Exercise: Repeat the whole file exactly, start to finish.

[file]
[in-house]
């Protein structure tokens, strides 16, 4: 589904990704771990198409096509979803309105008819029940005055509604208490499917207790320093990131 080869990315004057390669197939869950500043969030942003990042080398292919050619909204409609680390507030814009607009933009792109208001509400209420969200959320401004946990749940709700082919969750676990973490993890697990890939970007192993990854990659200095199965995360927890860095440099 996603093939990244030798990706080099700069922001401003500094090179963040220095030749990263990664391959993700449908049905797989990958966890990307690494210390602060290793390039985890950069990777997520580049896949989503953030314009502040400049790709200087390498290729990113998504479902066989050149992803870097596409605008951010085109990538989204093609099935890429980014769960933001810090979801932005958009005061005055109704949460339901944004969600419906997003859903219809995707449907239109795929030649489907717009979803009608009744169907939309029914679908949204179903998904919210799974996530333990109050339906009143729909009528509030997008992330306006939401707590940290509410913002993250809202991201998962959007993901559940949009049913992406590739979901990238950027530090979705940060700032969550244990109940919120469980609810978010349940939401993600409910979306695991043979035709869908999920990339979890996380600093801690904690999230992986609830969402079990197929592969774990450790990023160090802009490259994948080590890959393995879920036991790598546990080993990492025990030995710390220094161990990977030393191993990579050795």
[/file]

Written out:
[in-house]
């Protein structure tokens, strides 16, 4: 589904990704771990198409096509979803309105008819029940005055509604208490499917207790320093990131 080869990315004057390669197939869950500043969030942003990042080398292919050619909204409609680390507030814009607009933009792109208001509400209420969200959320401004946990749940709700082919969750676990973490993890697990890939970007192993990854990659200095199965995360927890860095440099 996603093939990244030798990706080099700069922001401003500094090179963040220095030749990263990664391959993700449908049905797989990958966890990307690494210390602060290793390039985890950069990777997520580049896949989503953030314009502040400049790709200087390498290729990113998504479902066989050149992803870097596409605008951010085109990538989204093609099935890429980014769960933001810090979801932005958009005061005055109704949460339901944004969600419906997003859903219809995707449907239109795929030649489907717009979803009608009744169907939309029914679908949204179903998904919210799974996530333990109050339906009143729909009528509030997008992330306006939401707590940290509410913002993250809202991201998962959007993901559940949009049913992406590739979901990238950027530090979705940060700032969550244990109940919120469980609810978010349940939401993600409910979306695991043979035709869908999920990339979890996380600093801690904690999230992986609830969402079990197929592969774990450790990023160090802009490259994948080590890959393995879920036991790598546990080993990492025990030995710390220094161990990977030393191993990579050795």